"We hurried to Twin Lakes for the Leadville 100 bike race that was passing through. We made friends with a number of racers at the hostel in Leadville, so we thought it would be fun to cheer them on. It was quite the scene, tons of people line up along the route to cheer and catch a glimpse of Lance Armstrong! The big drama of the race was whether the Local guy, Dave Wiens could beat Lance. Dave had won the event the last 5 years. He even beat Floyd LAndis last year. When they passed through Lance was slightly ahead. The crowd roared as they jetted by. These guys were beasts. A day or two later we heard from Patch that Dave had beat Lance by a minute or two, and that Dave crossed the finish with a flat tire. Legendary!
The best part of the race was making friends with people and eating their food. Laurel made us turkey sandwiches and gave us gatorade and an apple. We were hiking out along the same route as the race and people started cheering for Tyler and I. Then these guys asked us where we were coming from... When we answered, "we just walked from Denver." They replied, "Holy S#%*, you guys need a beer!" That was a nice way to cap off the event and continue."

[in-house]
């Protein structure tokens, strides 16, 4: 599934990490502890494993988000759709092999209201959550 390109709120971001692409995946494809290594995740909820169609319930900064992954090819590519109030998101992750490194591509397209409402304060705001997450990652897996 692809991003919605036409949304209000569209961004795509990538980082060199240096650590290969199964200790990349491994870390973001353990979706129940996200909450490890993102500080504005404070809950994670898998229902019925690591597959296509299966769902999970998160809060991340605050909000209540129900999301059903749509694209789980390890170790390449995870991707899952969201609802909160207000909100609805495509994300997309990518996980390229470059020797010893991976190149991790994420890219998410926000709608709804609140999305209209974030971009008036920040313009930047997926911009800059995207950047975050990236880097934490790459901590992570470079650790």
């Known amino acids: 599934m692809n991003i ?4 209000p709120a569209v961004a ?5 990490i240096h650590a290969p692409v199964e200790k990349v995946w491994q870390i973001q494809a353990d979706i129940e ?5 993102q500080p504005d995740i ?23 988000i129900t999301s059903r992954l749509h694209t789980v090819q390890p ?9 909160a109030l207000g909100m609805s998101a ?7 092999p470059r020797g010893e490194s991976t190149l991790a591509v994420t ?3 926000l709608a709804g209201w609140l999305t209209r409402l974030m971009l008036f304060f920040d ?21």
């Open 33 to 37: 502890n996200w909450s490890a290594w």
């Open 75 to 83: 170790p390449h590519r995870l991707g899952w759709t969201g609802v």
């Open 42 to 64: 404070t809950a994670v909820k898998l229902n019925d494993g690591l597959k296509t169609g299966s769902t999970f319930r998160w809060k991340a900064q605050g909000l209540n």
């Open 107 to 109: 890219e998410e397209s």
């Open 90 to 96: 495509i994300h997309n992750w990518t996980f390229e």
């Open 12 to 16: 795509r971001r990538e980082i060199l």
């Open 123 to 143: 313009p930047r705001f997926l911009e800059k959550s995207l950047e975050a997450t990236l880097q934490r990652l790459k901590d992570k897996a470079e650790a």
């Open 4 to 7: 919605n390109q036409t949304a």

CT Day 21: Campfire With Thatch & April

The Colorado Trail Story

CT Day 19: Mending My Ankle

After yesterday's ascent of Mt. Massive, we had, against my better judgment, hiked four more miles South along the trail so that we might be positioned to climb Mt. Elbert today.

That is precisely what David did. I however, had done something to my left ankle and thought it prudent to stay off it for the morning. So I watched from the tent while David left to go do Mt. Elbert, the highest peak in Colorado. While I was annoyed with my ankle, I wasn't too disappointed about missing the climb, as I'd done Mt. Elbert years ago before leaving to Japan.